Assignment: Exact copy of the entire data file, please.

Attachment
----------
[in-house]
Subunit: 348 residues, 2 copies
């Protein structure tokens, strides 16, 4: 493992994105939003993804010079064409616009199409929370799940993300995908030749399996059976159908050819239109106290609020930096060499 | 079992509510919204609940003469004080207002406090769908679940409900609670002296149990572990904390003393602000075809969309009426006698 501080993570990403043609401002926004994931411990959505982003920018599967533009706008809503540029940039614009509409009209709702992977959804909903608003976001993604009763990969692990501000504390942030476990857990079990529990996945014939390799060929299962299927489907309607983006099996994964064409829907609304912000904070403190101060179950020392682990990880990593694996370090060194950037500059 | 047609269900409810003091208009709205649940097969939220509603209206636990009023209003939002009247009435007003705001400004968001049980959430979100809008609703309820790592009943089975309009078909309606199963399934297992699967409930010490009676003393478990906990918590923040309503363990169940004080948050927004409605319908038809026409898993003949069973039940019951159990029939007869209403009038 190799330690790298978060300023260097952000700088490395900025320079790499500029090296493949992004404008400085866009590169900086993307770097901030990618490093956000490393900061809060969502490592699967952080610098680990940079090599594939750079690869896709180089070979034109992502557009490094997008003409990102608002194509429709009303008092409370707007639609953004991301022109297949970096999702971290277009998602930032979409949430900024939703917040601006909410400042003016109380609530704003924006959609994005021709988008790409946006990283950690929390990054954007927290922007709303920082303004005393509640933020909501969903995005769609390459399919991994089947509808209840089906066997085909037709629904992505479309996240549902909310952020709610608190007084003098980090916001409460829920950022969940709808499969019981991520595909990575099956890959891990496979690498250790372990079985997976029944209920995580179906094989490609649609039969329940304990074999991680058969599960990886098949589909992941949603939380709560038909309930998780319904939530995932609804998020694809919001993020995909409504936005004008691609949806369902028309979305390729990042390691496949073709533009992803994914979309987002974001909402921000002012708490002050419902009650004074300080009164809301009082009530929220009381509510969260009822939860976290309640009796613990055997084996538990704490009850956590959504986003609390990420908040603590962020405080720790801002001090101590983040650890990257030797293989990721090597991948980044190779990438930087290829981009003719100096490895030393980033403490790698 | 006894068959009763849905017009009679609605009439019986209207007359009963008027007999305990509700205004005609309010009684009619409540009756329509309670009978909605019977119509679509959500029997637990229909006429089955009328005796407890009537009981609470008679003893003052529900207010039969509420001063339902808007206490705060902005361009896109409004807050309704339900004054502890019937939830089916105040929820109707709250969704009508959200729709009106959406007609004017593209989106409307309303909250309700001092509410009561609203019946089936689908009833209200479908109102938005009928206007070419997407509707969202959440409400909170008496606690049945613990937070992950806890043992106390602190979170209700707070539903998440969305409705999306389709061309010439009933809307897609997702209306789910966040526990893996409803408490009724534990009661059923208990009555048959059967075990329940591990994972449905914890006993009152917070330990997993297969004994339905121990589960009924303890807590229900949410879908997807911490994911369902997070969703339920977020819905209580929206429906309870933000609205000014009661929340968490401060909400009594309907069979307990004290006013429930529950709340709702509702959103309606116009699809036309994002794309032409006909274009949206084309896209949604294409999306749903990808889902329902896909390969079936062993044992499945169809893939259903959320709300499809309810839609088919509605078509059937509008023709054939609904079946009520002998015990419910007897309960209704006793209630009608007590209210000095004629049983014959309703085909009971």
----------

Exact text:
[in-house]
Subunit: 348 residues, 2 copies
């Protein structure tokens, strides 16, 4: 493992994105939003993804010079064409616009199409929370799940993300995908030749399996059976159908050819239109106290609020930096060499 | 079992509510919204609940003469004080207002406090769908679940409900609670002296149990572990904390003393602000075809969309009426006698 501080993570990403043609401002926004994931411990959505982003920018599967533009706008809503540029940039614009509409009209709702992977959804909903608003976001993604009763990969692990501000504390942030476990857990079990529990996945014939390799060929299962299927489907309607983006099996994964064409829907609304912000904070403190101060179950020392682990990880990593694996370090060194950037500059 | 047609269900409810003091208009709205649940097969939220509603209206636990009023209003939002009247009435007003705001400004968001049980959430979100809008609703309820790592009943089975309009078909309606199963399934297992699967409930010490009676003393478990906990918590923040309503363990169940004080948050927004409605319908038809026409898993003949069973039940019951159990029939007869209403009038 190799330690790298978060300023260097952000700088490395900025320079790499500029090296493949992004404008400085866009590169900086993307770097901030990618490093956000490393900061809060969502490592699967952080610098680990940079090599594939750079690869896709180089070979034109992502557009490094997008003409990102608002194509429709009303008092409370707007639609953004991301022109297949970096999702971290277009998602930032979409949430900024939703917040601006909410400042003016109380609530704003924006959609994005021709988008790409946006990283950690929390990054954007927290922007709303920082303004005393509640933020909501969903995005769609390459399919991994089947509808209840089906066997085909037709629904992505479309996240549902909310952020709610608190007084003098980090916001409460829920950022969940709808499969019981991520595909990575099956890959891990496979690498250790372990079985997976029944209920995580179906094989490609649609039969329940304990074999991680058969599960990886098949589909992941949603939380709560038909309930998780319904939530995932609804998020694809919001993020995909409504936005004008691609949806369902028309979305390729990042390691496949073709533009992803994914979309987002974001909402921000002012708490002050419902009650004074300080009164809301009082009530929220009381509510969260009822939860976290309640009796613990055997084996538990704490009850956590959504986003609390990420908040603590962020405080720790801002001090101590983040650890990257030797293989990721090597991948980044190779990438930087290829981009003719100096490895030393980033403490790698 | 006894068959009763849905017009009679609605009439019986209207007359009963008027007999305990509700205004005609309010009684009619409540009756329509309670009978909605019977119509679509959500029997637990229909006429089955009328005796407890009537009981609470008679003893003052529900207010039969509420001063339902808007206490705060902005361009896109409004807050309704339900004054502890019937939830089916105040929820109707709250969704009508959200729709009106959406007609004017593209989106409307309303909250309700001092509410009561609203019946089936689908009833209200479908109102938005009928206007070419997407509707969202959440409400909170008496606690049945613990937070992950806890043992106390602190979170209700707070539903998440969305409705999306389709061309010439009933809307897609997702209306789910966040526990893996409803408490009724534990009661059923208990009555048959059967075990329940591990994972449905914890006993009152917070330990997993297969004994339905121990589960009924303890807590229900949410879908997807911490994911369902997070969703339920977020819905209580929206429906309870933000609205000014009661929340968490401060909400009594309907069979307990004290006013429930529950709340709702509702959103309606116009699809036309994002794309032409006909274009949206084309896209949604294409999306749903990808889902329902896909390969079936062993044992499945169809893939259903959320709300499809309810839609088919509605078509059937509008023709054939609904079946009520002998015990419910007897309960209704006793209630009608007590209210000095004629049983014959309703085909009971």